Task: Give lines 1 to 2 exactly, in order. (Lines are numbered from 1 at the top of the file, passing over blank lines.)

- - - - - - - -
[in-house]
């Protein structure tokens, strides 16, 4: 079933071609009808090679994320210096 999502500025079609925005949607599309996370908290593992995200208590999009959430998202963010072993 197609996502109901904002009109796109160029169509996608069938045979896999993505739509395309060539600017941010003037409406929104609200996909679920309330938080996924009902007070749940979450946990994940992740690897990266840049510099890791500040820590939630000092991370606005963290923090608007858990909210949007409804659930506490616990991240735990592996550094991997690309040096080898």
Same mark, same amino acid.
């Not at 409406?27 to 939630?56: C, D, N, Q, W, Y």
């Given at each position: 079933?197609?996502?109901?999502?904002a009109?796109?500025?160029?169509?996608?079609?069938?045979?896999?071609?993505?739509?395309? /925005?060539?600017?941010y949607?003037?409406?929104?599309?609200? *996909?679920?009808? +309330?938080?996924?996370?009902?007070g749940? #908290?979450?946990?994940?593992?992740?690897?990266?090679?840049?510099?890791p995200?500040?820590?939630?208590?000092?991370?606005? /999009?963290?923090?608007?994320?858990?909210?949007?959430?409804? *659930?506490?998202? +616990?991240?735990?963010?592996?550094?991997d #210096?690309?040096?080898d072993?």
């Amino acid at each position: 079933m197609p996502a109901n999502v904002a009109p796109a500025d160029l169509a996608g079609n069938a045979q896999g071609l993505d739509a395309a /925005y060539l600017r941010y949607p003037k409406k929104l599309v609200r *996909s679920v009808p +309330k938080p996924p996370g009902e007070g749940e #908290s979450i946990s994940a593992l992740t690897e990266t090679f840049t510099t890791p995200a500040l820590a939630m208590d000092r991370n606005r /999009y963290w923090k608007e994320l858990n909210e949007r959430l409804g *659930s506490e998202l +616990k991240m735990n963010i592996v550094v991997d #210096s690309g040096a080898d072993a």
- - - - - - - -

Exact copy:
[in-house]
């Protein structure tokens, strides 16, 4: 079933071609009808090679994320210096 999502500025079609925005949607599309996370908290593992995200208590999009959430998202963010072993 197609996502109901904002009109796109160029169509996608069938045979896999993505739509395309060539600017941010003037409406929104609200996909679920309330938080996924009902007070749940979450946990994940992740690897990266840049510099890791500040820590939630000092991370606005963290923090608007858990909210949007409804659930506490616990991240735990592996550094991997690309040096080898």